Jamie Keddie
Lessonstream Books 2017

Great title, great cover, great opening story and a great introduction, and then what? Then it gets even better; videos and activities galore, with great descriptions throughout by the author on how to introduce and integrate them into the language classroom. Reading this book is like reading a punchy novel, full of endless cliffhangers that keep you turning the pages. This is the first book I have picked up where I can’t wait to try out every single activity and find out how the students will react.

I must admit I didn’t exactly know what Videotelling was before I opened up this book; but Jamie Keddie spells it out loud and clear in the introduction. The word, or rather phrase, Videotelling, was coined by him to explain the use of putting the questions, discussion and analysis first, before actually watching the video in question. This can open up a Pandora’s box of curiosity, psychological insights and a look at how much we have been pre-conditioned to think in certain ways and believe certain things. The book has been organised into five fat chapters that will fill you up to the brim with a rich resource of great video material and a variety of different approaches that teachers can follow, to stimulate their students’ interest and curiosity. Chapter 1 focuses on ‘Story’, as Keddie explains, ‘For me the ideal video is short in length and rich in narrative’. The next chapter, ‘Withholding Information’, plays with keeping things back in order to make the students think, imagine or guess what is coming next. Chapter 3 provides ‘a framework for dialogue’. Chapter 4 engages the students in interactive tasks – it is a versatile chapter, where the ideas can be applied to videos mentioned throughout the book. Chapter 5 leads the students into the realm of media literacy and the tricks of the trade. Here, they will also be expected to think about authenticity and the bias of the video-makers themselves.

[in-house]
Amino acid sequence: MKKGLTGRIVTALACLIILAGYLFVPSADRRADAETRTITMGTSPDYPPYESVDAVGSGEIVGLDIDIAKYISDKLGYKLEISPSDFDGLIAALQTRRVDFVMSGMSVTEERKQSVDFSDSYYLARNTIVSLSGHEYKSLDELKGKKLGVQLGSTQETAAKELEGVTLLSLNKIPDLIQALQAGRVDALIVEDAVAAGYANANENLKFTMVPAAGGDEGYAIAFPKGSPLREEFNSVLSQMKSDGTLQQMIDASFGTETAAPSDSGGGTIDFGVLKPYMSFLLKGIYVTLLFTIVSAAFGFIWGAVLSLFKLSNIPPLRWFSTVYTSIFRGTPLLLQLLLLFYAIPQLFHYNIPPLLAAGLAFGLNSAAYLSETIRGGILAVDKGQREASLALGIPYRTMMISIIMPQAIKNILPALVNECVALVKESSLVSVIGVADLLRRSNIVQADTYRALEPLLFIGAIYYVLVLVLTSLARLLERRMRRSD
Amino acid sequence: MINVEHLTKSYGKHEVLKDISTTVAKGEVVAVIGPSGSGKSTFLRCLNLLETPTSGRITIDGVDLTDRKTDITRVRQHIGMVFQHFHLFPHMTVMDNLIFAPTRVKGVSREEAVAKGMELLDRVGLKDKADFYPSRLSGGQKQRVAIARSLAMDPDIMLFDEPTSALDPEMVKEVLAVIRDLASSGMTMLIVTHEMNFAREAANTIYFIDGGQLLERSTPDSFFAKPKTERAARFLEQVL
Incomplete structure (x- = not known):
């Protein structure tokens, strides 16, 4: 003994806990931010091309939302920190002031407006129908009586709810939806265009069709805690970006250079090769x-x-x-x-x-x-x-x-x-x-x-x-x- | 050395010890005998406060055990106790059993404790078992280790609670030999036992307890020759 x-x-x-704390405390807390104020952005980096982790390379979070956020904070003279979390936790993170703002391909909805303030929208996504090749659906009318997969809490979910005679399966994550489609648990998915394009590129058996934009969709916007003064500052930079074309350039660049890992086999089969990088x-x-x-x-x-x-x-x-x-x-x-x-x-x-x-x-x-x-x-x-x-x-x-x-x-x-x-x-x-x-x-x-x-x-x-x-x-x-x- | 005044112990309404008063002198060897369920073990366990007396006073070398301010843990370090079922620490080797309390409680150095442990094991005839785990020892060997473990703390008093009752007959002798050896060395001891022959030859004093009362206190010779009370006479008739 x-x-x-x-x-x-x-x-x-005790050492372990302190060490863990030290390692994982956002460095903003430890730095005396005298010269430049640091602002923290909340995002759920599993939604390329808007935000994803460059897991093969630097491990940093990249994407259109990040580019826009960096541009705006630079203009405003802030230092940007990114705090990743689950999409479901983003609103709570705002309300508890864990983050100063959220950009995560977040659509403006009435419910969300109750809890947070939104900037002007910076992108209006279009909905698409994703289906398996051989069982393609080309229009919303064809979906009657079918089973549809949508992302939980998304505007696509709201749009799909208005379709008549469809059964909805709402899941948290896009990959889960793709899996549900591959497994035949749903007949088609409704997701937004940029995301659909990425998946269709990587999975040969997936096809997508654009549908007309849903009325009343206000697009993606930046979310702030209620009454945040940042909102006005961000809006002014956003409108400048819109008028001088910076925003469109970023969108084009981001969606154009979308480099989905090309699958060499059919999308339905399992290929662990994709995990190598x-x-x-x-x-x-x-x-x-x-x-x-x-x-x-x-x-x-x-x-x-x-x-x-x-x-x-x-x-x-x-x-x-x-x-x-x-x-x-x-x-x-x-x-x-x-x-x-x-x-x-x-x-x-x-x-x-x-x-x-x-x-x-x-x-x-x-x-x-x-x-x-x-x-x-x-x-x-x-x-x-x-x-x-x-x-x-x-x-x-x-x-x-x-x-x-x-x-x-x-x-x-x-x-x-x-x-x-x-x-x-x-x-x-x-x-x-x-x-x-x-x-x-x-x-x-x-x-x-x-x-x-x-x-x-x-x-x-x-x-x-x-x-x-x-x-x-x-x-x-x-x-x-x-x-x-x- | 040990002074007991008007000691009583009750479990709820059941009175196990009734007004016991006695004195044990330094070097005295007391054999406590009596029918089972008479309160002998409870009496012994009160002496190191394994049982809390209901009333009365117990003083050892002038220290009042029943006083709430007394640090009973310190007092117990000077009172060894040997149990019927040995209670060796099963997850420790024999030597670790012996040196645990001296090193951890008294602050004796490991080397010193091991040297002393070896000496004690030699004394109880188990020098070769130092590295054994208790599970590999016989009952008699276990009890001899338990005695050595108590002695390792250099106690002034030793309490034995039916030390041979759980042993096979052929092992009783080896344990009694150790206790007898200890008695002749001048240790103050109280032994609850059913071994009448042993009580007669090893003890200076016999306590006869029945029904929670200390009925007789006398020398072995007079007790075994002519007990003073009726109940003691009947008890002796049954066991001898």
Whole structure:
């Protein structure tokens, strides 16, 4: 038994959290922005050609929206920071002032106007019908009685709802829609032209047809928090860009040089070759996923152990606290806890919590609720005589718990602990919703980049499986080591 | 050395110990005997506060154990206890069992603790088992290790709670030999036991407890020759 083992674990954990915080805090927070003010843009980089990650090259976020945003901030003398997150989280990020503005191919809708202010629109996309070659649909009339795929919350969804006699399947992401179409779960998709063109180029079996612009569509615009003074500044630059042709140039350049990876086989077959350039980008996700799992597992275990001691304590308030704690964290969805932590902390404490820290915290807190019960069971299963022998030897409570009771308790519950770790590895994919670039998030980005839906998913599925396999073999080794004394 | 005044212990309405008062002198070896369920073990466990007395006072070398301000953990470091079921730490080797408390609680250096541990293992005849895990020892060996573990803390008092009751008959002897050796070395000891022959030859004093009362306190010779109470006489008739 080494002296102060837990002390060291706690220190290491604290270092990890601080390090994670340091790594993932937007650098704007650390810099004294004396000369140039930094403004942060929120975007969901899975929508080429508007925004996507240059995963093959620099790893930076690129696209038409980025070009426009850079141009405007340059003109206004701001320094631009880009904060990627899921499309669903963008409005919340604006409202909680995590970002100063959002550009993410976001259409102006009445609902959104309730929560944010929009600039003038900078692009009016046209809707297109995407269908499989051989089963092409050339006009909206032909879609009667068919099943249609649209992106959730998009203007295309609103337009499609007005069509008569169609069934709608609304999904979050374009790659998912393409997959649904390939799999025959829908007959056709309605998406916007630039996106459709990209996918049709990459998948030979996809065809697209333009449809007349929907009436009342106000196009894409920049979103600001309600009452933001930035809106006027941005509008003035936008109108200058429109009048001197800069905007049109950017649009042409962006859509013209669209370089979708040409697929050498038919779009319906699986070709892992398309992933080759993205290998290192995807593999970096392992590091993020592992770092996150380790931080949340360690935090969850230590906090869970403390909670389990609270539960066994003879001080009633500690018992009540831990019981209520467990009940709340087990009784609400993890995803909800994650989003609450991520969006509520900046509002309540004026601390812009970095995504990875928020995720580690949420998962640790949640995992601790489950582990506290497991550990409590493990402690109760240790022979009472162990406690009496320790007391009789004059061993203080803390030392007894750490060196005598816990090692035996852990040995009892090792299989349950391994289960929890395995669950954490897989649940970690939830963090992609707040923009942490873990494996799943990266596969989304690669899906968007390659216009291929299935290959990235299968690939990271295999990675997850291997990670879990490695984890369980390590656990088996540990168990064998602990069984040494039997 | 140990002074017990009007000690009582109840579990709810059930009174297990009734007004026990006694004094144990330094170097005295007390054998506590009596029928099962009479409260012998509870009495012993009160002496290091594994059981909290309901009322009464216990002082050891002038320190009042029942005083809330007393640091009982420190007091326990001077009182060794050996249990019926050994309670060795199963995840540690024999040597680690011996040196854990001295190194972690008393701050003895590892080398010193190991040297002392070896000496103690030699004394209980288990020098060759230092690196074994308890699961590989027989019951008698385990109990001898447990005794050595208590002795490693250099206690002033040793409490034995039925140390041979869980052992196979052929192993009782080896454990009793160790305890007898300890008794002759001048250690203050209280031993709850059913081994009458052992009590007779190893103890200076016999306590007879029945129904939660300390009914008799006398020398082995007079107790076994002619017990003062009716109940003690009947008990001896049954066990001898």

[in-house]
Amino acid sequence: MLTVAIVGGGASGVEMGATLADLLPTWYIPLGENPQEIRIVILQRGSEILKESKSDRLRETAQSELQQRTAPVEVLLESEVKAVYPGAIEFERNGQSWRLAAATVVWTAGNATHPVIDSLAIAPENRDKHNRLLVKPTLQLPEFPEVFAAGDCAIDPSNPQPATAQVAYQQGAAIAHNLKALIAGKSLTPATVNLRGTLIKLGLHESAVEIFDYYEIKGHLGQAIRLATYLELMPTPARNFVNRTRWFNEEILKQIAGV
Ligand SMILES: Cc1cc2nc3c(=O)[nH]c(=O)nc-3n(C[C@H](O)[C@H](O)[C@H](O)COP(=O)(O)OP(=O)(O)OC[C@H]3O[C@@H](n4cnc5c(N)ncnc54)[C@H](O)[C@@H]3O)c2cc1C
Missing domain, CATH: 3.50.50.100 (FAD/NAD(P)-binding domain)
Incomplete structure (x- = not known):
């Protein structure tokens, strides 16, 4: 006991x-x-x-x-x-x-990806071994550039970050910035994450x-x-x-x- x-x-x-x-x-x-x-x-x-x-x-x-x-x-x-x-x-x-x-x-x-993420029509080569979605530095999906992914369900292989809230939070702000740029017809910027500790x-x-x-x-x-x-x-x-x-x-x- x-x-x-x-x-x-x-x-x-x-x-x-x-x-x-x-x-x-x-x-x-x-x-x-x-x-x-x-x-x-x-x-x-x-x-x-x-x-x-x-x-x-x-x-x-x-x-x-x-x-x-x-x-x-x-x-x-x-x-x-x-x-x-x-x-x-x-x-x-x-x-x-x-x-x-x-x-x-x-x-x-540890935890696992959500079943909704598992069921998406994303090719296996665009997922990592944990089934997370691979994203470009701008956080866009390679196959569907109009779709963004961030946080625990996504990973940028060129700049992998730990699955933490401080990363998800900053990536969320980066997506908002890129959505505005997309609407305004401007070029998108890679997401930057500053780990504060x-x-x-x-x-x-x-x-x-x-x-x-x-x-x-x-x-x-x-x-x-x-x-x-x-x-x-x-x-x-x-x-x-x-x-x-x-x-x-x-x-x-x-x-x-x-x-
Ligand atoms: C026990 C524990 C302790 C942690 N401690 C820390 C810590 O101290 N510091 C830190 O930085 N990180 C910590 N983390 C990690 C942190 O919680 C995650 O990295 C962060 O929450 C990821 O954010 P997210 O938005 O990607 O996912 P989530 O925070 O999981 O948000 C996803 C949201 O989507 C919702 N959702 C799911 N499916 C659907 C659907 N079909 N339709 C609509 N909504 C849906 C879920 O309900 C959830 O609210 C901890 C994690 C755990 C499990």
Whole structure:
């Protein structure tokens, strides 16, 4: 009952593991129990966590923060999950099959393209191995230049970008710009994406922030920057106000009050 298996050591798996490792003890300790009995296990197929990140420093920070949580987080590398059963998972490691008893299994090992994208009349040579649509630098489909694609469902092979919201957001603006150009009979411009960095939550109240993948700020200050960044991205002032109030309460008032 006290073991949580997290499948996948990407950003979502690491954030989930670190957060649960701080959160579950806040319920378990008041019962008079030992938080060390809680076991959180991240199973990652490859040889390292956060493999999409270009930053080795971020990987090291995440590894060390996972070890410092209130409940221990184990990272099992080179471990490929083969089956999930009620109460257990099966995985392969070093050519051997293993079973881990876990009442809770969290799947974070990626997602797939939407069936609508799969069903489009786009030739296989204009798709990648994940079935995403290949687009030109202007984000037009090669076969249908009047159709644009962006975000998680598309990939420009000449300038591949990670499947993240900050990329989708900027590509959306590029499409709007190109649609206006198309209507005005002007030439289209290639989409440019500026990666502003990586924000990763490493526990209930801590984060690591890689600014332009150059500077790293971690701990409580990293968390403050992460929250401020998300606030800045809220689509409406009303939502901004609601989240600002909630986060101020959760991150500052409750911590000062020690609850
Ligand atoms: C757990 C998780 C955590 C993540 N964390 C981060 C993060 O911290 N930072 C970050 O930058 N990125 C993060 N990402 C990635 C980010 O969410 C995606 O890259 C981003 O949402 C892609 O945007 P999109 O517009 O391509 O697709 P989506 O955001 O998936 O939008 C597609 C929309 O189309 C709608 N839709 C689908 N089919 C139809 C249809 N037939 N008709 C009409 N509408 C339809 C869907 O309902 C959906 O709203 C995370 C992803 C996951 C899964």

In fact, Keddie’s five chapters are actually six. This is because his final Appendices are actually a final chapter. This section is choc-a-bloc full of advice and suggestions for teachers, ranging from how to deal with students who are impatient or simply disorderly, to how to work with those who just don’t want to participate. It includes a variety of storytelling techniques, from using non-verbal gestures and body position, to providing visual support from maps, sketches, actual objects and props. If you are new to teaching, here you will find vital tips; even if you are older and more jaded, you will discover some excellent insights.

The book begins and ends with Jamie Keddie’s favourite YouTube video ever, ‘about a mother and her baby. The baby is lying on the floor, sleeping, dreaming about whatever it is that babies dream about. The mother is taking advantage of the peace. She is sitting in the corner eating a snack’. If you don’t know this clip, you may be surprised about what happens next and who the mother and child really are. I was. (Buy the book to find out!)

I end this review with the only criticism I can think of, in the form of a question to Jamie Keddie: ‘Why, oh why didn’t you bring this book out sooner?’

Andy Starck
Tainan, Taiwan